I love Ryvita. They’ve been a staple part of my diet for many years and I know they’re super low in calories – but, are Ryvita healthy? I’ve always kind of assumed they are but then someone else asked me and I decided to find out for sure… so here’s the answer to the question is Ryvita good for you?
This article was reviewed by Jennifer May, Clinical Nutritionist. See more about her and our editorial accuracy process here
- What are Ryvita?
- How Many Calories Are In Ryvita?
- What About Points and Syns™?
- Is Ryvita a High-Fibre Food?
- Is Ryvita Gluten-Free?
- Is Ryvita Low-Carb?
- Is Ryvita Filling?
- The Verdict – Is Ryvita Healthy?
- Should You Swap Bread for Ryvita?
- Are Ryvita and Rye Crispbreads the Same Thing?
- Which Ryvita is Healthiest?
- How Many Ryvita For Lunch?
- 10 Interesting & Healthy Toppings for Ryvita
- 5 Other Ways to Use Ryvita
What are Ryvita?
They’re crackers, that’s probably not a big surprise, but do you know what they are actually made from?
The answer is a grain called rye. When it’s growing it looks a lot like a grass, but it’s actually a member of the wheat family. Naturally, rye is a darker grain than wheat, which is what gives Ryvita its dark brown colour (yep, that’s all natural).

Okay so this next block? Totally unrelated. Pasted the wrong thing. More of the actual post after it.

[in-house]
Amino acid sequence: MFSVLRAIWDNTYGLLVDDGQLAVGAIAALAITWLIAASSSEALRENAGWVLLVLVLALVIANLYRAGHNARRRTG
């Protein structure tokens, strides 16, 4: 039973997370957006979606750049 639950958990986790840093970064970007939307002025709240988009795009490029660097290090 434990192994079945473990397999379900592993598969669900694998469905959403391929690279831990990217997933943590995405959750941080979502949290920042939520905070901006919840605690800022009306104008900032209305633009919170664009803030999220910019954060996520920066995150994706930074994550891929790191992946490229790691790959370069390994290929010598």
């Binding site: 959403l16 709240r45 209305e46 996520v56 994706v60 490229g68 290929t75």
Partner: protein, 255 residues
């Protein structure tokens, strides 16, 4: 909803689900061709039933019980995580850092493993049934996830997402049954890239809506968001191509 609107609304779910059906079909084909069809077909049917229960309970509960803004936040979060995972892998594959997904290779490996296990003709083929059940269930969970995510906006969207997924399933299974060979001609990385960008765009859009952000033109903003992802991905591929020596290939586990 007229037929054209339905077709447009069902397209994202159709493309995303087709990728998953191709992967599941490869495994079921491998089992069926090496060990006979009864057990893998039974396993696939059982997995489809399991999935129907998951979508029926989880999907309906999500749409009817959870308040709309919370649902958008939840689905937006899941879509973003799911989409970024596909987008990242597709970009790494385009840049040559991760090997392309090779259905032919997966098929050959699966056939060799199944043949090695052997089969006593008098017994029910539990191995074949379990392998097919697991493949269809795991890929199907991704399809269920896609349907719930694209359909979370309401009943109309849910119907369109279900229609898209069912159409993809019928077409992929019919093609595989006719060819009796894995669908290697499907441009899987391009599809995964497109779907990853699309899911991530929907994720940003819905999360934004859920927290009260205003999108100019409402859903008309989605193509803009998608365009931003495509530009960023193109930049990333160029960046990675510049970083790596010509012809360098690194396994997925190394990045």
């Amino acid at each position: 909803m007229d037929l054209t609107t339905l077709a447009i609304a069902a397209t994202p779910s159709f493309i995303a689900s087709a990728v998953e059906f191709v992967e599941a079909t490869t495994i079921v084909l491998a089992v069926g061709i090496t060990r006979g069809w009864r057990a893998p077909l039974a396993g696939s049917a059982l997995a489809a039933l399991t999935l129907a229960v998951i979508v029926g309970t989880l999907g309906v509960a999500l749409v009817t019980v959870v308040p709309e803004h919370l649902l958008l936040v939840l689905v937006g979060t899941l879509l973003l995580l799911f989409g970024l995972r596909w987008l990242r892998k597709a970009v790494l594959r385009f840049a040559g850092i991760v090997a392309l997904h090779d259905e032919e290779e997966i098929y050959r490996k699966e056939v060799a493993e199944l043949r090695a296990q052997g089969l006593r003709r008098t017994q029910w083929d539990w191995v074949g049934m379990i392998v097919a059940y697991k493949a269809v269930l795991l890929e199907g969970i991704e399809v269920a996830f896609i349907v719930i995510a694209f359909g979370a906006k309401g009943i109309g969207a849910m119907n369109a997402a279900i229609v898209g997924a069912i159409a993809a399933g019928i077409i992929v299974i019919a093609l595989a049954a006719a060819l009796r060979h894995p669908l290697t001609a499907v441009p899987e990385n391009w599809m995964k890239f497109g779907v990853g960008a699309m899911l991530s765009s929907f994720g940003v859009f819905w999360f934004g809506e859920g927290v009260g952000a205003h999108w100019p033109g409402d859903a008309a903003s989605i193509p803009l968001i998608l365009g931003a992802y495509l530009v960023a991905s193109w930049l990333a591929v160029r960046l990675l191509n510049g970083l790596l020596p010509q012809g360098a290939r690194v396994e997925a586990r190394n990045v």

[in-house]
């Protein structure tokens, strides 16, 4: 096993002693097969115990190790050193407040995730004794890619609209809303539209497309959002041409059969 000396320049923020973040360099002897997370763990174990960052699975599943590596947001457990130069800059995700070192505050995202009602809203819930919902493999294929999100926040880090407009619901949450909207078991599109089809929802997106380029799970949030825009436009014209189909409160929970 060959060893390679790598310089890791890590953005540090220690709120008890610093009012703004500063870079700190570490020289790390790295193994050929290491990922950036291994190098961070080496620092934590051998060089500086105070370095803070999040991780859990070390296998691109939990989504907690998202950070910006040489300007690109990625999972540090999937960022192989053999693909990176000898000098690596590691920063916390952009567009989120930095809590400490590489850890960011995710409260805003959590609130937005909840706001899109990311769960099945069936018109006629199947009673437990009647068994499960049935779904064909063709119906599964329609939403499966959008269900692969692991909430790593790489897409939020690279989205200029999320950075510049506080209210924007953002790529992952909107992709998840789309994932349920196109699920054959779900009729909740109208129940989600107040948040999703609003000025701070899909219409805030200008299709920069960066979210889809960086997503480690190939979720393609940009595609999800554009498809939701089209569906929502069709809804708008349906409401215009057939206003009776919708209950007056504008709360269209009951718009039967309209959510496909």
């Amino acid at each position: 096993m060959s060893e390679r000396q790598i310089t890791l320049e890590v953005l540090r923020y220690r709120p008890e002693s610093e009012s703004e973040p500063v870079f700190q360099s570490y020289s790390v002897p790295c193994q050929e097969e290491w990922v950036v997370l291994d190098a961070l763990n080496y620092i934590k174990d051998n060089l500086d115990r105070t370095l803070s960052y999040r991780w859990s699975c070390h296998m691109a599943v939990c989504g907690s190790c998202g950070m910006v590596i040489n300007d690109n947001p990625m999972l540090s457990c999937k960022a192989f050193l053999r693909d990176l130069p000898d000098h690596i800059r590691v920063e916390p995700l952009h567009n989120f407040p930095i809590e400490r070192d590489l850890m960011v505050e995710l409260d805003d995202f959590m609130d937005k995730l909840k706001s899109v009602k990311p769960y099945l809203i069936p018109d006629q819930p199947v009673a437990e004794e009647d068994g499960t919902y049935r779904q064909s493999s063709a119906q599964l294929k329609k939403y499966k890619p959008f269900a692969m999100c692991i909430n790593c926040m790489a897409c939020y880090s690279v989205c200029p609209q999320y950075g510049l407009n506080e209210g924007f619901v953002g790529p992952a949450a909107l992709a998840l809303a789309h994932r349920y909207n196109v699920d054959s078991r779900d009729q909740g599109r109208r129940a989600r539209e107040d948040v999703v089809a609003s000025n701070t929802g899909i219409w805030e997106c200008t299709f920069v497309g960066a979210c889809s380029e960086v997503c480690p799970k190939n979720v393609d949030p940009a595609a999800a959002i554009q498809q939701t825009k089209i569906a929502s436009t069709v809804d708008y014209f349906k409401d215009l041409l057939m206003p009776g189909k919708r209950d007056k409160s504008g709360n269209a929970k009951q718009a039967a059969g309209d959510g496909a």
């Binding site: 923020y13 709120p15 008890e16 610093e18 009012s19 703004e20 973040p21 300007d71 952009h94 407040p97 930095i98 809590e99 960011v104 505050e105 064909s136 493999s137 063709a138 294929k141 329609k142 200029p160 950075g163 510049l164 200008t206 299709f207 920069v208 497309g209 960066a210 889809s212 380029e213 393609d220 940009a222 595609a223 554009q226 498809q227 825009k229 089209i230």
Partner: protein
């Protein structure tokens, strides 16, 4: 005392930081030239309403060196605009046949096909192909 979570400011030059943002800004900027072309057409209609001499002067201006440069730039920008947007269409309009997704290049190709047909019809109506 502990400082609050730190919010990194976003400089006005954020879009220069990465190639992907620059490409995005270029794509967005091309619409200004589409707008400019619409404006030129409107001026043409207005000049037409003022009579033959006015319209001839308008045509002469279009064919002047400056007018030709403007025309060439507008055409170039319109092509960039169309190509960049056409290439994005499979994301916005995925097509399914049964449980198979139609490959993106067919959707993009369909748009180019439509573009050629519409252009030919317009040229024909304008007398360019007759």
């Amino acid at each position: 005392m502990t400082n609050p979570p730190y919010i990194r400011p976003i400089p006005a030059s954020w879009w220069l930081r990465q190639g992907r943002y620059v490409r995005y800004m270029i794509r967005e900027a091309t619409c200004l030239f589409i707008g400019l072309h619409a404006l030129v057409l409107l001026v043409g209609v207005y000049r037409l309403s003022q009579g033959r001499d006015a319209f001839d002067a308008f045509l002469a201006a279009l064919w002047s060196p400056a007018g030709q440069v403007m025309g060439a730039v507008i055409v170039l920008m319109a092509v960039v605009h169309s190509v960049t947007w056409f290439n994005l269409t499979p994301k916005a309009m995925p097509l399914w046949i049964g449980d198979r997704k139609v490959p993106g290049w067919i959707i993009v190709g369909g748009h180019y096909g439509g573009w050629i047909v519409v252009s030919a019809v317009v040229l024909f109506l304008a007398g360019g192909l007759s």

Rye and wheat are related, but, if you compare the two, rye is digested more slowly by the body and therefore causes a slower release of insulin and keeps you fuller for longer than the same-size wheat cracker might.
The only other ingredient in the original Ryvita cracker (now handily called The Original) is salt. Anything with just a few ingredients usually scores well on the ‘Is it healthy?’ scale – and this is no exception!
Admittedly, salt is something we should be limiting, but at just 58mg of sodium per two crackers, you’re not going to exceed the amount 2400g of sodium allowed a day.